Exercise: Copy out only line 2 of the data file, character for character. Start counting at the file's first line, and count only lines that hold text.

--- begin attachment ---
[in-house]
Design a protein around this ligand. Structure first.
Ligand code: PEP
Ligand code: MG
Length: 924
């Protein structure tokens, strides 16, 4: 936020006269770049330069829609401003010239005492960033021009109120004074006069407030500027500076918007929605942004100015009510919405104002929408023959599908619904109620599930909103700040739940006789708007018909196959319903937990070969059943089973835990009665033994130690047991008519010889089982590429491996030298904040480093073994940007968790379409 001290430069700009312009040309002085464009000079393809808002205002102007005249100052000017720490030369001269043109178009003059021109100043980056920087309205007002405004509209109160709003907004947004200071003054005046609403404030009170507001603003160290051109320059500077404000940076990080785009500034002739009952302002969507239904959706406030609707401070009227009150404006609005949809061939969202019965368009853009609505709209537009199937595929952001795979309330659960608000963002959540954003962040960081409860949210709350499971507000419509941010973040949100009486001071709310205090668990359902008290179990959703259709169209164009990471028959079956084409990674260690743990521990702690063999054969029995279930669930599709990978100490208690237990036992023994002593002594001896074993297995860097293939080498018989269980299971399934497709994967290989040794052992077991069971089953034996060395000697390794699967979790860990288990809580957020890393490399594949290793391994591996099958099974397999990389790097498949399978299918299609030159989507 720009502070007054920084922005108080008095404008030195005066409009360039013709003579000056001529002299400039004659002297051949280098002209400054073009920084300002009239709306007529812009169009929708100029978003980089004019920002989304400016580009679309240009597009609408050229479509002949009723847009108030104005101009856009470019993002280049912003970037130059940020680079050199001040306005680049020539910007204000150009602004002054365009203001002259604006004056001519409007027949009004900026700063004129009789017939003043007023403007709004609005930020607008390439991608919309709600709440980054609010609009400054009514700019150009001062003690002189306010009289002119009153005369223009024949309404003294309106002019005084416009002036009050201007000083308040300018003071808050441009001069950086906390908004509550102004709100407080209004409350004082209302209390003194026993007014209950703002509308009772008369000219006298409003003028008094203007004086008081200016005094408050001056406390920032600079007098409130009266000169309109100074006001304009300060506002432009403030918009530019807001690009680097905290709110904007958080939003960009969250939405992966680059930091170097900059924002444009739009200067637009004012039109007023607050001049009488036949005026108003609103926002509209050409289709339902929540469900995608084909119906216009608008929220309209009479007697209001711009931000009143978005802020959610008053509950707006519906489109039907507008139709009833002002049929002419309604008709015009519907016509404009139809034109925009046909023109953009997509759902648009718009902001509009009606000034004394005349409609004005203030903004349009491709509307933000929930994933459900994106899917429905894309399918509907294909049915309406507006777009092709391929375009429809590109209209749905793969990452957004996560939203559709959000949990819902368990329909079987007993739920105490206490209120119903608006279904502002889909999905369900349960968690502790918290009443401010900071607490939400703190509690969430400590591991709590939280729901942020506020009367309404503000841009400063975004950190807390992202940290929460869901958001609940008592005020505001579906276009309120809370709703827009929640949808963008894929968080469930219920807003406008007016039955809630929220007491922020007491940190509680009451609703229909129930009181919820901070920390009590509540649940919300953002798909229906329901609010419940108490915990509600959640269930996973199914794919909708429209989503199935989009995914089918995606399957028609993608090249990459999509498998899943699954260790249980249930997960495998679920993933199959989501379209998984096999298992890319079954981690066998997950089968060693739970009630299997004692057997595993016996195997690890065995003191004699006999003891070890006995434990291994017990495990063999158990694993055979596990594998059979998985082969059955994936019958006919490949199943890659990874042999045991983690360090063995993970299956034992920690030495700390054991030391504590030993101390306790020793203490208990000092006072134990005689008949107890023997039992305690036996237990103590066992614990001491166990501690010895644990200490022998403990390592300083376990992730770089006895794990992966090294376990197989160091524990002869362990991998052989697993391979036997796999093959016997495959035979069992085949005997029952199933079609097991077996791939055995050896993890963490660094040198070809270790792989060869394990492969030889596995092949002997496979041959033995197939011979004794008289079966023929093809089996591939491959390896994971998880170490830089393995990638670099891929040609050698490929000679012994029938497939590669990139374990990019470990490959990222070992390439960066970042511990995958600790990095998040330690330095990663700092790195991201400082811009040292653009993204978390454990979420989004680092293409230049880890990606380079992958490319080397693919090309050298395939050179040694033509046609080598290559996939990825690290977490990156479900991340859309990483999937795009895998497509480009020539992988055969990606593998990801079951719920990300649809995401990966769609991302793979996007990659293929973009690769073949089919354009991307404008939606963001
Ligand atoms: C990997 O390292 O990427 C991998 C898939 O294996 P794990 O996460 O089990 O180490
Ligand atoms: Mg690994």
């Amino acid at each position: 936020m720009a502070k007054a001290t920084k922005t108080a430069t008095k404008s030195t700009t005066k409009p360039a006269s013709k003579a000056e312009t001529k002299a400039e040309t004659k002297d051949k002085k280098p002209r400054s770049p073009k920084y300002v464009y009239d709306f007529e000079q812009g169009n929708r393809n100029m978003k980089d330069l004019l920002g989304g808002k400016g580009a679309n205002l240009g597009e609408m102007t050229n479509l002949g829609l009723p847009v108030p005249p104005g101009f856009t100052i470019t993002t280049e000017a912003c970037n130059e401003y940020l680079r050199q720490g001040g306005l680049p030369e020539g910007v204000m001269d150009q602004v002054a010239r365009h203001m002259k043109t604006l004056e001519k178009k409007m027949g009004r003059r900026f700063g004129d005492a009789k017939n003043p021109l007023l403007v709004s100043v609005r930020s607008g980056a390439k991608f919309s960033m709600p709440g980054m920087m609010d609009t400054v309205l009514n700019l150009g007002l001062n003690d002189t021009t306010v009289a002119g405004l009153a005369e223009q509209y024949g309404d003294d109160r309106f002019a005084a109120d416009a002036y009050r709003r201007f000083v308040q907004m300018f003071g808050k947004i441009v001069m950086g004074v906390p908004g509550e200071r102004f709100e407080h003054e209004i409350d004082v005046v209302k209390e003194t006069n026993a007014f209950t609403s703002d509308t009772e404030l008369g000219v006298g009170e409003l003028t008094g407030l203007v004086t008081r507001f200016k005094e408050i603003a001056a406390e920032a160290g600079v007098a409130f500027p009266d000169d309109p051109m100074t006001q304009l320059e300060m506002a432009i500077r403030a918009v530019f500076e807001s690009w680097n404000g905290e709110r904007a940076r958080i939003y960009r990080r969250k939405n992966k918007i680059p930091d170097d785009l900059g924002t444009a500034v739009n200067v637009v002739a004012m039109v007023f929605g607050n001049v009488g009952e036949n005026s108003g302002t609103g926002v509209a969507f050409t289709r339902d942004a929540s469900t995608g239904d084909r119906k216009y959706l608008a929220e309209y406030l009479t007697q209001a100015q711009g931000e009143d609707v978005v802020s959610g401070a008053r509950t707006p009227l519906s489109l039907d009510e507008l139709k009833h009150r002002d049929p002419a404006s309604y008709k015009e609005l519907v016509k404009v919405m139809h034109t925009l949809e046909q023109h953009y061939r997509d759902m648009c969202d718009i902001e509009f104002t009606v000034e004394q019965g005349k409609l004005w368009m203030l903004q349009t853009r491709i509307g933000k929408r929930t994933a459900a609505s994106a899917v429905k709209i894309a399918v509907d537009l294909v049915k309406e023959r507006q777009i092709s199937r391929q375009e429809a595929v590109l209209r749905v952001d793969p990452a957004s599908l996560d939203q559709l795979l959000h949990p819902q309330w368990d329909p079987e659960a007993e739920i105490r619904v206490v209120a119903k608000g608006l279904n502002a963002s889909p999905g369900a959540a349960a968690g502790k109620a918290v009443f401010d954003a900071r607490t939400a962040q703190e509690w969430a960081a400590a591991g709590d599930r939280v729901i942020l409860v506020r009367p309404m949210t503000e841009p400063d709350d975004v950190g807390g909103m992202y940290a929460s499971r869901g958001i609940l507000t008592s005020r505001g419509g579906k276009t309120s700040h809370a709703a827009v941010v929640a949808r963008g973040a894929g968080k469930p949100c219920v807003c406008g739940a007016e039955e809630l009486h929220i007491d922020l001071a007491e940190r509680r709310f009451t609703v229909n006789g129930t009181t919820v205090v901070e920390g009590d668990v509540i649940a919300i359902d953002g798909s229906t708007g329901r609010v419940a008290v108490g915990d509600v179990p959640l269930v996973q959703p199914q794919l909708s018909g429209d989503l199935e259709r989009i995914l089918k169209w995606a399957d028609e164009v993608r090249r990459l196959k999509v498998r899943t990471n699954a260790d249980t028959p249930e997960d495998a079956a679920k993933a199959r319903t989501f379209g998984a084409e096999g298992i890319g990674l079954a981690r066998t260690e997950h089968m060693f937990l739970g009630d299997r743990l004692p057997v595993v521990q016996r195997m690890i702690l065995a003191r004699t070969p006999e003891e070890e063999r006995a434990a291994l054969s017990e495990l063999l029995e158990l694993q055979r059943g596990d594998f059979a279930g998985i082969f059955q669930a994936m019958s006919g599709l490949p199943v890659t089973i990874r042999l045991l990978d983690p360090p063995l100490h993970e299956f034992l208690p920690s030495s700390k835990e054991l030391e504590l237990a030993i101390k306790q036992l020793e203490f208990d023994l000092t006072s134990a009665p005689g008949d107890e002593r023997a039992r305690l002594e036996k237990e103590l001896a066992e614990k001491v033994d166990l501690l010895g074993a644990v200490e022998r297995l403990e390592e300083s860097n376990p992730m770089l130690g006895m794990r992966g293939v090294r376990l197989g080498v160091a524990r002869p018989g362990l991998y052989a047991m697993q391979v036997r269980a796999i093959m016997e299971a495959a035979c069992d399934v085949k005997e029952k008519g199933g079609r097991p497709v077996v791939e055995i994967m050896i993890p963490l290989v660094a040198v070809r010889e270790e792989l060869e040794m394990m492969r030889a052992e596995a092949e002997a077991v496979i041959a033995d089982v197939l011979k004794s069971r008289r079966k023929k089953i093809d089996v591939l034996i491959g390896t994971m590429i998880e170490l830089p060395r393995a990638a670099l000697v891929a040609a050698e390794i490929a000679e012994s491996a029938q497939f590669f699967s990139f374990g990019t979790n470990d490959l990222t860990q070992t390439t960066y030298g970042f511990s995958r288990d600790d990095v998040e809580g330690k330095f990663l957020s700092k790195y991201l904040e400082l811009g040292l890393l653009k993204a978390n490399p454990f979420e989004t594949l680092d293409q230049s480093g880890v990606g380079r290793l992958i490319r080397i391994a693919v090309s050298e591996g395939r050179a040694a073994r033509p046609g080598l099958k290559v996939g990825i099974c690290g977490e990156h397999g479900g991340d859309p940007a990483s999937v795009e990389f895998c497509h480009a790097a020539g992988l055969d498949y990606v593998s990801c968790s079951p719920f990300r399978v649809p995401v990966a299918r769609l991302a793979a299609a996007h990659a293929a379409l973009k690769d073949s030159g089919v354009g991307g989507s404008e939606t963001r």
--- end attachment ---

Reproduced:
Design a protein around this ligand. Structure first.